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i think twin transer cases is 100% a waste of money, esp with 4.88 gears.

im running 4.88 gears in mine, and am nervous about the 2.72 low range of the nv241.

i cannot reiterate i NEVER ran 1st gear and the np205 (1.98 low range) with 4.56 gears and 38.6" tires. i kept it in second and idled so slow i was forced to the rear of the offroad convoy.

i think 4.88 gears would be even worse.
 

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Discussion Starter · #14 · (Edited)
yah but all those levers are so cool

That and i am trying to access some real tough areas . I do not worry about going up the darn hill , I want to go down real slow .
I want bead locks too and the ability to air down to 2 to 5 lbs .
I am not sure how the bead locks would handle the queen sized water bed . But with on board propane i could keep the fridge running nice and cool .
After doing alot of math i went for the 4.88 gears . In 5th I will be running at 60 and change and the engine will be dead center in the happy zone .

Bruce
 

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That and i am trying to access some real tough areas . I do not worry about going up the darn hill , I want to go down real slow .
I want bead locks too and the ability to air down to 2 to 5 lbs .
I am not sure how the bead locks would handle the queen sized water bed . But with on board propane i could keep the fridge running nice and cool .
After doing alot of math i went for the 4.88 gears . In 5th I will be running at 60 and change and the engine will be dead center in the happy zone .

Bruce
Bruce, you mention going down hill real slow. Keep in mind that diesel engines offer no engine braking like a gas engine does. That is the reason Diesels run different types of engine brakes to keep control of the vehicle on downhills. Thus even with the low range of daul T Cases, the engine is not holding you back. There is a good presentation at the link below;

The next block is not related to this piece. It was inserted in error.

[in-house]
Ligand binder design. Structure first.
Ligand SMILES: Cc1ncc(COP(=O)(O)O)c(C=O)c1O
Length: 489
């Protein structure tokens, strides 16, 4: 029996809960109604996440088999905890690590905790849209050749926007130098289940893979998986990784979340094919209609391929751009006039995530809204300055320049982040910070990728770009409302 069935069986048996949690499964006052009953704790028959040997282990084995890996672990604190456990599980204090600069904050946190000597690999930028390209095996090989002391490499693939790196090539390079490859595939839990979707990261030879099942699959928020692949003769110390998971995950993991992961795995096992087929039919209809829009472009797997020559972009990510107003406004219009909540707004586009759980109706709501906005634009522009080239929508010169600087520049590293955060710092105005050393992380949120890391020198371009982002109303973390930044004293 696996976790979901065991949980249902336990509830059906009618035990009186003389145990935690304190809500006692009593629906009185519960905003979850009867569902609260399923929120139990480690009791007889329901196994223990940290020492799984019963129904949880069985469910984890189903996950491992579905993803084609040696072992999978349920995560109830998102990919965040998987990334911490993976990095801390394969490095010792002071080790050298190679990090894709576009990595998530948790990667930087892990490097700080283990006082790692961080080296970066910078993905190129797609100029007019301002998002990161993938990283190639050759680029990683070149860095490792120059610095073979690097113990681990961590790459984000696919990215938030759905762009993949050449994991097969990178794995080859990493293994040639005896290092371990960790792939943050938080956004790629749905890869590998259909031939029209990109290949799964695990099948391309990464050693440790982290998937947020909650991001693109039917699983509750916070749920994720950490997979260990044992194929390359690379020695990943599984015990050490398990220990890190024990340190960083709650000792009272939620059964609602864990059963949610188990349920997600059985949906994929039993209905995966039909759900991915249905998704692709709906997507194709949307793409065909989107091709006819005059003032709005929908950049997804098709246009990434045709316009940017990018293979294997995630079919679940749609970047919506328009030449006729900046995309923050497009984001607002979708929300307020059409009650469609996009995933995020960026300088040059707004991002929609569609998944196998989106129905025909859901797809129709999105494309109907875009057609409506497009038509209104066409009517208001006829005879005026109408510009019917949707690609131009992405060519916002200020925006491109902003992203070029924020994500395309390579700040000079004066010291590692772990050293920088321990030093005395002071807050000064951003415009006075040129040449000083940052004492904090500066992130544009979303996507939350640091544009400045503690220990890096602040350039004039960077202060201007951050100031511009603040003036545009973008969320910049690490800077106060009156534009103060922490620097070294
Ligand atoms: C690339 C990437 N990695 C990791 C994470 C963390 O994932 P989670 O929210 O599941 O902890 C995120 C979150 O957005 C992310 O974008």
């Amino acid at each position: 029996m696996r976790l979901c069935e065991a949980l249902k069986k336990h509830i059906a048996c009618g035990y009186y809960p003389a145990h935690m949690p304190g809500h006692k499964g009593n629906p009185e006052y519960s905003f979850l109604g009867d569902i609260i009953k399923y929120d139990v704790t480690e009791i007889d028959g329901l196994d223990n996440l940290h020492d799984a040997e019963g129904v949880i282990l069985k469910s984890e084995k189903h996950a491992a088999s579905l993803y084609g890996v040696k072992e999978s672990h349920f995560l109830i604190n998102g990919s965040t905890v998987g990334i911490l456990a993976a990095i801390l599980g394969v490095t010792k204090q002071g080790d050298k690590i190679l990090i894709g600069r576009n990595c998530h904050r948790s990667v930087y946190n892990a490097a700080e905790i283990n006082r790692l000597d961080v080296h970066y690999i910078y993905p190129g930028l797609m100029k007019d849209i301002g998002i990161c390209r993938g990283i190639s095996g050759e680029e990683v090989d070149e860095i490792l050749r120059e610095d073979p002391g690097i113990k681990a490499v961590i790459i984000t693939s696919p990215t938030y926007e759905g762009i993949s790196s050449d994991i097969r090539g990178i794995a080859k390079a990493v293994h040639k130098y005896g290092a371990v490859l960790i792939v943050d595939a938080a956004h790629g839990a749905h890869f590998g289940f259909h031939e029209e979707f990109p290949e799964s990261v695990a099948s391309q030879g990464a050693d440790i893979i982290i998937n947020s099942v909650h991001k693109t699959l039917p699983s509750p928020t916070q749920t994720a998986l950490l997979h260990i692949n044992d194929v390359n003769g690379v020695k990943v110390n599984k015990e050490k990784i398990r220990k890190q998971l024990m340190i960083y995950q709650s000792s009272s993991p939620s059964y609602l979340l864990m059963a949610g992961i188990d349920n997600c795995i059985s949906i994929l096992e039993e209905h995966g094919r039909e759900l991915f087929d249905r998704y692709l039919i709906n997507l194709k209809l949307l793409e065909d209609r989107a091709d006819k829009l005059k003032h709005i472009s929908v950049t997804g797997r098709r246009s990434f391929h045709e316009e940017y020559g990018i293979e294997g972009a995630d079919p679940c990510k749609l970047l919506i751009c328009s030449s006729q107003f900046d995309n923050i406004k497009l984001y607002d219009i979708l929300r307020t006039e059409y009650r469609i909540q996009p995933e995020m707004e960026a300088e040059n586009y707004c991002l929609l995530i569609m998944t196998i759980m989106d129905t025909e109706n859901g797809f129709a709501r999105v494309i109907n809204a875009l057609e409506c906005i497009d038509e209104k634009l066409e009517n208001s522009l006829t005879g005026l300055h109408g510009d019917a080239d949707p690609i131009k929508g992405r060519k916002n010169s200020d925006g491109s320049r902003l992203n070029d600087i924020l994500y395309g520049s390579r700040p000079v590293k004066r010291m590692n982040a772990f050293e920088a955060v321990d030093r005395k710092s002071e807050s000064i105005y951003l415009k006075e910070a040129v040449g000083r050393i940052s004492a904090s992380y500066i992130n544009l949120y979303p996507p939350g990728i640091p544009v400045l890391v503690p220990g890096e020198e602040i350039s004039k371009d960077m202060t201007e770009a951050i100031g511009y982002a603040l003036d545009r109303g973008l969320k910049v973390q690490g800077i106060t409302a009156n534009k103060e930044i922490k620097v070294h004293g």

http://bankspower.com/tech_howexhaustbrakeworks.cfm

Paul
 

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Discussion Starter · #17 ·
Thanks paul you are 100% correct

I do plan on adding an exhaust brake. then perhaps I can go really slow down hills. Hopefully i can find one at a decent price.
Bruce
 

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I wanted to use a Jake E Brake on my Carryall and M37. I just dont have the available space to fit one. In the future, I want to talk with Jacobs Brake and get their thoughts of mounting one further down the exhaust pipe, closer to the muffler.

Paul
 

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Bruce, you mention going down hill real slow. Keep in mind that diesel engines offer no engine braking like a gas engine does. That is the reason Diesels run different types of engine brakes to keep control of the vehicle on downhills. Thus even with the low range of daul T Cases, the engine is not holding you back. There is a good presentation at the link below;

http://bankspower.com/tech_howexhaustbrakeworks.cfm

Paul
I disagree on that, I've found diesels offer a lot more engine braking than a comparable size petrol engine.
The reason is simple, 18:1 compression instead of 9:1.

Exhaust brakes are for keeping a ridiculously heavy vehicles speed in check without burning the brakes.

1st gear high ratio with my Isuzu is sufficient to gently ease 5 ton of 4wd and trailer down the local mountain pass without using the wheel brakes.
The same vehicle with the factory 3.5l petrol V8 can't do that.